“That’s because even in an uncertain world there is one thing you can count on; the wish list of city government bureaucrats will always grow. There will always be a new program, a new pet project, a new department or office to establish for one reason or another,” Johnson said. “And your tax dollars will pay for it, whether it works or not.”

Johnson said he is not giving up the fight for what he says is responsible government spending — and that he plans to ask the government performance committee to start planning immediately for a 2025 city budget that “holds spending flat and cuts your taxes.” He also pointed out only five city council members — including himself — voted for lower property taxes during budget amendment discussions.

But after Johnson pointed to the need to limit municipal spending and what he claims will be an ever growing “wish list of city government bureaucrats” — he said for the city’s upcoming bond allocations, there are clear priorities.

“The two biggest allocations…must be for streets and for parks,” Johnson said. “That’s what the people of Dallas want, that’s what I want as your mayor and that’s what our city needs.”

Recently, the city’s community bond taskforce recommended spending $350 million — nearly a third of the bond capacity — on parks and recreation. Another third of that will go towards street infrastructure.

Johnson appointed Arun Agarwal to chair the bond taskforce. Agarwal also serves as the president of the Dallas Parks and Recreation Board.

If approved by the city council — and by Dallas voters — the parks allocation would be the largest in the city’s history, according to Johnson. He pointed to critics opposing the taskforce’s parks recommendation and saying the allocations should be used for housing.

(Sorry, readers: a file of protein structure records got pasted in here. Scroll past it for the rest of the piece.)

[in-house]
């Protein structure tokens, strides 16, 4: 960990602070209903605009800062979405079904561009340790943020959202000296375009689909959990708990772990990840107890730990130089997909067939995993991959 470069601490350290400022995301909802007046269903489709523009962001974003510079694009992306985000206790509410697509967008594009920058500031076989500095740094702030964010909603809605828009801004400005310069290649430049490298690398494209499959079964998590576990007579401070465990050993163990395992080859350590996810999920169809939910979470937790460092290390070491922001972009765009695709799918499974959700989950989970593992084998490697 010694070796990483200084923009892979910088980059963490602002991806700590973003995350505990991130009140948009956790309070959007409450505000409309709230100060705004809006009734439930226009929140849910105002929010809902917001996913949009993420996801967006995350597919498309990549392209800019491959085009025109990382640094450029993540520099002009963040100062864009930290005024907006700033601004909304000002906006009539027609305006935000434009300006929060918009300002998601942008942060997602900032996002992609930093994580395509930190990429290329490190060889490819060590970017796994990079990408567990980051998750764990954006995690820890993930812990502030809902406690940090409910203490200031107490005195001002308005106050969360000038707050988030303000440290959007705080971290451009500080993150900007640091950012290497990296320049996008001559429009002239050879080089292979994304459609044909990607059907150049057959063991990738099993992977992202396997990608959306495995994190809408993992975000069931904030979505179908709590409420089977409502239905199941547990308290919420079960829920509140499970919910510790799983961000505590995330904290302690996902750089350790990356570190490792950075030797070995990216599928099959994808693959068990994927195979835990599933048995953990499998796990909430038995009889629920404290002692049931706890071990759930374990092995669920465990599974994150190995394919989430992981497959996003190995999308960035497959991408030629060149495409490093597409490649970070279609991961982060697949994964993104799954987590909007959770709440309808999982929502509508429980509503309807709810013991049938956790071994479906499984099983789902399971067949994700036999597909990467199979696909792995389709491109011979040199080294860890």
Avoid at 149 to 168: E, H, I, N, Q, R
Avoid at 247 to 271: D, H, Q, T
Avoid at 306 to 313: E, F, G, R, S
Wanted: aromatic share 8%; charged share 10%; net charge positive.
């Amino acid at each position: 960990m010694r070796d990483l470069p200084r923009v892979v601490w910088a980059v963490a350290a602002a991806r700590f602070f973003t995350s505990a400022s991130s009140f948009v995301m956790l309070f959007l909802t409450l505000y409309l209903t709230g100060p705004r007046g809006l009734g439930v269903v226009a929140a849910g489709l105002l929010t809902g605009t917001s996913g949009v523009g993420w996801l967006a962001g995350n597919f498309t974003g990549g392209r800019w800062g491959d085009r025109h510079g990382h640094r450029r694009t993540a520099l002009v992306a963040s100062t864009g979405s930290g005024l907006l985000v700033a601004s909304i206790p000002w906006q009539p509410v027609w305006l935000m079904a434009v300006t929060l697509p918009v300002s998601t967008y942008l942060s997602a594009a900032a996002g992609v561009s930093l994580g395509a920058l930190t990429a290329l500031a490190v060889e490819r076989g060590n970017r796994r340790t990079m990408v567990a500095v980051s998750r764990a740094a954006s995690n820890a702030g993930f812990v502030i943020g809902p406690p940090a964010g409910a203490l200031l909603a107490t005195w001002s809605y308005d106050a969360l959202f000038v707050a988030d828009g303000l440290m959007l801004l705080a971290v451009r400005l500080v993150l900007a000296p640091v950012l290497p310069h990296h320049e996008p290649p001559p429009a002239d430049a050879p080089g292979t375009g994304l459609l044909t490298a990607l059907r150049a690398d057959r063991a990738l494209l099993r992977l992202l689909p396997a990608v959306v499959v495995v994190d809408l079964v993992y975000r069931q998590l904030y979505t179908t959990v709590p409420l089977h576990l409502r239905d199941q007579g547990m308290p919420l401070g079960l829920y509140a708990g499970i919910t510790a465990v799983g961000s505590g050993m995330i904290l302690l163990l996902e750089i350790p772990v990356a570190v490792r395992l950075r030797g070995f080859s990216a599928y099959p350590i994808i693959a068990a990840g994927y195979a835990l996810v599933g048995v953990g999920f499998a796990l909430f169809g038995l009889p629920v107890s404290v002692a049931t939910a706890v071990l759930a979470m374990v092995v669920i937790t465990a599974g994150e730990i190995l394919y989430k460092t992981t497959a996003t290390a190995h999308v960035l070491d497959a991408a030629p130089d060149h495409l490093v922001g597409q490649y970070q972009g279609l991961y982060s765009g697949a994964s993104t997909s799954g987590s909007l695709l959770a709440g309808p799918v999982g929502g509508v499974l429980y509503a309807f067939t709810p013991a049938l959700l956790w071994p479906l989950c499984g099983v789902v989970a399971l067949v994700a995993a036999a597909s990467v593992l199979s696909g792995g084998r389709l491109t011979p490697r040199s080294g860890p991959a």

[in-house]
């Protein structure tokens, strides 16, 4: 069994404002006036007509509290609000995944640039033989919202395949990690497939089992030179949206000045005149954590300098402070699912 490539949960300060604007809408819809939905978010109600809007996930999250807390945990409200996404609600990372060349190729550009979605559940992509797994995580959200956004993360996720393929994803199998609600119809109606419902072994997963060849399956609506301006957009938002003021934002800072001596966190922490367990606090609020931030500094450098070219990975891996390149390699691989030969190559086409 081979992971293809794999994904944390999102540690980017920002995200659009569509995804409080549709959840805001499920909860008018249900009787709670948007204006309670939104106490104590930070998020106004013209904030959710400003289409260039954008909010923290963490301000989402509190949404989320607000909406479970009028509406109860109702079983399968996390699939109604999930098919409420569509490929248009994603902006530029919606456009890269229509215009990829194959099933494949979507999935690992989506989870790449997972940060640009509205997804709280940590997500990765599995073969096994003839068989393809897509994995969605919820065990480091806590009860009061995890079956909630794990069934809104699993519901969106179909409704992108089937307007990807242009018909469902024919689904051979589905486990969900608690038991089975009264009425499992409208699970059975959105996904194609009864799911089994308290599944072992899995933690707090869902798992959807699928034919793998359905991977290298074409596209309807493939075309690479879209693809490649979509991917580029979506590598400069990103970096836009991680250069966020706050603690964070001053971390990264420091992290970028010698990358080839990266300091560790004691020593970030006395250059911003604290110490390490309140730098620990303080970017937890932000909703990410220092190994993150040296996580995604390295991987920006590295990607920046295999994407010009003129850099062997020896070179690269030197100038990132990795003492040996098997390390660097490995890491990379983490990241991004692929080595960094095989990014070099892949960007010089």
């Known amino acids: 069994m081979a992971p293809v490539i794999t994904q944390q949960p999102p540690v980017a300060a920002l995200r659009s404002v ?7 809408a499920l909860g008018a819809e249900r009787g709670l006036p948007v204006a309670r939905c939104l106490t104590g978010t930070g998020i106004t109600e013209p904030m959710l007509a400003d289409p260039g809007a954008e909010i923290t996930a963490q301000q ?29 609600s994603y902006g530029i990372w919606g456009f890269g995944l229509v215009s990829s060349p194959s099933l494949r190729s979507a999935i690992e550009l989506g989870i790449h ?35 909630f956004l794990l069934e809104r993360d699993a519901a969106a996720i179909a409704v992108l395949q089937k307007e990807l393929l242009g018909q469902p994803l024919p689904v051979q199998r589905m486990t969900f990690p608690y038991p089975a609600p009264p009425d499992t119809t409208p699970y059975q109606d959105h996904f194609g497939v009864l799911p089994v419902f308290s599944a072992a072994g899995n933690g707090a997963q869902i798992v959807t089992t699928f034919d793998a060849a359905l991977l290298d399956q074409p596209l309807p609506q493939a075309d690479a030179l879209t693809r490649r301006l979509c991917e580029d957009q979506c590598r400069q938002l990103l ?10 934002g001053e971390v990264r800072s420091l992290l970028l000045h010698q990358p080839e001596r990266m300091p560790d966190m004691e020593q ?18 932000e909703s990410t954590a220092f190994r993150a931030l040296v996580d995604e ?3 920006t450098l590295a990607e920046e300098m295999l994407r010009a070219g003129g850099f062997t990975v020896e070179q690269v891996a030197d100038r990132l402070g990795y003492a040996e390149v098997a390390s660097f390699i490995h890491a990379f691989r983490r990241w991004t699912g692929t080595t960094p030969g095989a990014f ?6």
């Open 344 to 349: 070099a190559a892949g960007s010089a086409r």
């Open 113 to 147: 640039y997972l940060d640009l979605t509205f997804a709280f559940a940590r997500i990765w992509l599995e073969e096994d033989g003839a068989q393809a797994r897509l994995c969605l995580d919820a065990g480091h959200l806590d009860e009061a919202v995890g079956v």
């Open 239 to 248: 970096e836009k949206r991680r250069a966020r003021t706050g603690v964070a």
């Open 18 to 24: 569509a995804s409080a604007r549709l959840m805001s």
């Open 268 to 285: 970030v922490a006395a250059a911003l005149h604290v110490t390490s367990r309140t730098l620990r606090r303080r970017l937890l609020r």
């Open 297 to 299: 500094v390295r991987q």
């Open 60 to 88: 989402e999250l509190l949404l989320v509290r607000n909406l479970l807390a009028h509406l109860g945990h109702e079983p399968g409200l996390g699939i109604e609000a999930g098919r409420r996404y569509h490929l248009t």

“Look, we need more housing in Dallas,” Johnson said. “But historically government is simply not good at playing the role of a housing developer.”

Johnson said when it comes to housing stock the city needs “real scale” and only the kind the private sector can provide. He said updating the city’s permitting process and “easing zoning restrictions” are ways he claims can bring more impact.

But ultimately, Johnson claimed that parks would be the key to Dallas’ success.

“Parks help us attract and keep families in Dallas,” Johnson said. “When we’re smart about it, we get more bang for your buck with parks and trails and recreation centers than with anything else we do with your tax dollars.”

Johnson ended his speech by looking to the next generation of Dallas — and said he wanted to make sure they can see opportunity “for years to come.”

“I want them to yearn for Dallas,” Johnson said. “That means we still have work to do. But its work that we will continue to do together.”

Got a tip? Email Nathan Collins at You can follow Nathan on Twitter @nathannotforyou.

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Nathan Collins is the Dallas Accountability Reporter for KERA. Collins joined the station after receiving his master’s degree in Investigative Journalism from Arizona State University. Prior to becoming a journalist, he was a professional musician.